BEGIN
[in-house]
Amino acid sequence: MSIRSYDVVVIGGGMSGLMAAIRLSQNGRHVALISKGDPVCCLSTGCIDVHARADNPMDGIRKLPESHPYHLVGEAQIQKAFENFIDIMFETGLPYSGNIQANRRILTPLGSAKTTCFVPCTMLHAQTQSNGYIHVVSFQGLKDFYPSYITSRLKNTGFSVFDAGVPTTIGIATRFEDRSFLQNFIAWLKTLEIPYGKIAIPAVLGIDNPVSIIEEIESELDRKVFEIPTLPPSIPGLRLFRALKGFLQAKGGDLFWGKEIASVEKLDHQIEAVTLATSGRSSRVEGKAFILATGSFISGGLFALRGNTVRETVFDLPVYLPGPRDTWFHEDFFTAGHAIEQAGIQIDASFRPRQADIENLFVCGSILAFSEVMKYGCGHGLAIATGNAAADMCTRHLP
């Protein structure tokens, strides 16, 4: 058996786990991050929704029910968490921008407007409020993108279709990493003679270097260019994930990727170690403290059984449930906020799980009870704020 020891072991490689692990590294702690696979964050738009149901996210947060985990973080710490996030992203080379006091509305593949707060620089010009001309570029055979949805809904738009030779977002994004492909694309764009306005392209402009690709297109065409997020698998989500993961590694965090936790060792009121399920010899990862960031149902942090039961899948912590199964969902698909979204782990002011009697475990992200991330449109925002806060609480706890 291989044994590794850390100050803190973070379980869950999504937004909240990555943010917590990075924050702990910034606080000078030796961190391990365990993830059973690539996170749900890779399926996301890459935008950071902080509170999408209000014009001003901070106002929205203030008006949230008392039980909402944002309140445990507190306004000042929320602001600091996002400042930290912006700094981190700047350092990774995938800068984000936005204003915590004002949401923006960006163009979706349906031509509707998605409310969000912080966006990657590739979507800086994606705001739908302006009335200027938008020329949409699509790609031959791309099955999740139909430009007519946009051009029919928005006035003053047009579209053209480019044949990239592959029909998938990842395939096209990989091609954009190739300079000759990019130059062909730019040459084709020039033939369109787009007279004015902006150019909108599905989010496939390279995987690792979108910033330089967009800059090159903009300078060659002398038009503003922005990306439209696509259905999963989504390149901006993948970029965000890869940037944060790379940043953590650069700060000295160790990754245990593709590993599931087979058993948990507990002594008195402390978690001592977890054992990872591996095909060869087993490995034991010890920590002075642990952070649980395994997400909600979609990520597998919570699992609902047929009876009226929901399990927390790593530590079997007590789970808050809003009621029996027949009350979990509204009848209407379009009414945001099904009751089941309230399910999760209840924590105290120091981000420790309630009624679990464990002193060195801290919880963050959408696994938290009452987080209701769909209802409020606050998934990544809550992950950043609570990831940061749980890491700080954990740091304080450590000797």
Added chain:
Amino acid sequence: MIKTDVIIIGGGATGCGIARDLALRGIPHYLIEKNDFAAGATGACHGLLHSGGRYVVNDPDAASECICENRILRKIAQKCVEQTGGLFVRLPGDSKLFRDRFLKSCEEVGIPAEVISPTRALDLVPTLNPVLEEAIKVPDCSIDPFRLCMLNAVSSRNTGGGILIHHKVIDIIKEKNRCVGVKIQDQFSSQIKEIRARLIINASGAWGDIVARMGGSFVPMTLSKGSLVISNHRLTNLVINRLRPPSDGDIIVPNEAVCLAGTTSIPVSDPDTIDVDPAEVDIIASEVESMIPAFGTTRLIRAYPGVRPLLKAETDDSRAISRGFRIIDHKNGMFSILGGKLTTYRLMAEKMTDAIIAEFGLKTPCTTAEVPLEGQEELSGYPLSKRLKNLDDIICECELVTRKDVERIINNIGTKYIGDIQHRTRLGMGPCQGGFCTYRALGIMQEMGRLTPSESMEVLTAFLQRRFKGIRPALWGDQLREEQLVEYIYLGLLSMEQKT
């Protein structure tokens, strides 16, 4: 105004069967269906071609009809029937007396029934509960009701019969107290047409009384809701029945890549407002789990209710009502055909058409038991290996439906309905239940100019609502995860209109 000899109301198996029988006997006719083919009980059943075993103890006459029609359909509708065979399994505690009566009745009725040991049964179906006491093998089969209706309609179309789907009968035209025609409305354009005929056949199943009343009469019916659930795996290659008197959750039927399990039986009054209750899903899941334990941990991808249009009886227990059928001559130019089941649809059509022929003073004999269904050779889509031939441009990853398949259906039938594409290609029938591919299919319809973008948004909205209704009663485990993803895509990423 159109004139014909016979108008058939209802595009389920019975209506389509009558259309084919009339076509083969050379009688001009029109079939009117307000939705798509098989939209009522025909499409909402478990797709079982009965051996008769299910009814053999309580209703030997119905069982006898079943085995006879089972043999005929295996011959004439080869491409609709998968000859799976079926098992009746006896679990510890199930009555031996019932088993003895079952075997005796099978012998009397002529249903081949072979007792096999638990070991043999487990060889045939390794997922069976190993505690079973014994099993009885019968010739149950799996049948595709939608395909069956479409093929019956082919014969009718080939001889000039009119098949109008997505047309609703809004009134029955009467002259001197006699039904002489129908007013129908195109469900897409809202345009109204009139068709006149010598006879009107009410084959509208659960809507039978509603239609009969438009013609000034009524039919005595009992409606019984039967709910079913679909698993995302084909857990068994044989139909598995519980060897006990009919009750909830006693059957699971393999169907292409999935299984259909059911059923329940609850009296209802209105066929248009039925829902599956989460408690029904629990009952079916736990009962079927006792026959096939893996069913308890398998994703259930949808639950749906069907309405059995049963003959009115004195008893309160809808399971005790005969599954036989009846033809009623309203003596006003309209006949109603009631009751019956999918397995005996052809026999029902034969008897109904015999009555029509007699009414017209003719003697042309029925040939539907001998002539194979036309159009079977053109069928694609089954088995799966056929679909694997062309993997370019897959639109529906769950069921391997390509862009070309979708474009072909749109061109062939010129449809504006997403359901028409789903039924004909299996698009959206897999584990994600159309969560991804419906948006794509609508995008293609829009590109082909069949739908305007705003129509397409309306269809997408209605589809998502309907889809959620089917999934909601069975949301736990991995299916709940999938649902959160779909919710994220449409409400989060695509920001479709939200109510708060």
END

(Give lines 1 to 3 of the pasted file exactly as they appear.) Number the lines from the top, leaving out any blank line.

[in-house]
Amino acid sequence: MSIRSYDVVVIGGGMSGLMAAIRLSQNGRHVALISKGDPVCCLSTGCIDVHARADNPMDGIRKLPESHPYHLVGEAQIQKAFENFIDIMFETGLPYSGNIQANRRILTPLGSAKTTCFVPCTMLHAQTQSNGYIHVVSFQGLKDFYPSYITSRLKNTGFSVFDAGVPTTIGIATRFEDRSFLQNFIAWLKTLEIPYGKIAIPAVLGIDNPVSIIEEIESELDRKVFEIPTLPPSIPGLRLFRALKGFLQAKGGDLFWGKEIASVEKLDHQIEAVTLATSGRSSRVEGKAFILATGSFISGGLFALRGNTVRETVFDLPVYLPGPRDTWFHEDFFTAGHAIEQAGIQIDASFRPRQADIENLFVCGSILAFSEVMKYGCGHGLAIATGNAAADMCTRHLP
């Protein structure tokens, strides 16, 4: 058996786990991050929704029910968490921008407007409020993108279709990493003679270097260019994930990727170690403290059984449930906020799980009870704020 020891072991490689692990590294702690696979964050738009149901996210947060985990973080710490996030992203080379006091509305593949707060620089010009001309570029055979949805809904738009030779977002994004492909694309764009306005392209402009690709297109065409997020698998989500993961590694965090936790060792009121399920010899990862960031149902942090039961899948912590199964969902698909979204782990002011009697475990992200991330449109925002806060609480706890 291989044994590794850390100050803190973070379980869950999504937004909240990555943010917590990075924050702990910034606080000078030796961190391990365990993830059973690539996170749900890779399926996301890459935008950071902080509170999408209000014009001003901070106002929205203030008006949230008392039980909402944002309140445990507190306004000042929320602001600091996002400042930290912006700094981190700047350092990774995938800068984000936005204003915590004002949401923006960006163009979706349906031509509707998605409310969000912080966006990657590739979507800086994606705001739908302006009335200027938008020329949409699509790609031959791309099955999740139909430009007519946009051009029919928005006035003053047009579209053209480019044949990239592959029909998938990842395939096209990989091609954009190739300079000759990019130059062909730019040459084709020039033939369109787009007279004015902006150019909108599905989010496939390279995987690792979108910033330089967009800059090159903009300078060659002398038009503003922005990306439209696509259905999963989504390149901006993948970029965000890869940037944060790379940043953590650069700060000295160790990754245990593709590993599931087979058993948990507990002594008195402390978690001592977890054992990872591996095909060869087993490995034991010890920590002075642990952070649980395994997400909600979609990520597998919570699992609902047929009876009226929901399990927390790593530590079997007590789970808050809003009621029996027949009350979990509204009848209407379009009414945001099904009751089941309230399910999760209840924590105290120091981000420790309630009624679990464990002193060195801290919880963050959408696994938290009452987080209701769909209802409020606050998934990544809550992950950043609570990831940061749980890491700080954990740091304080450590000797």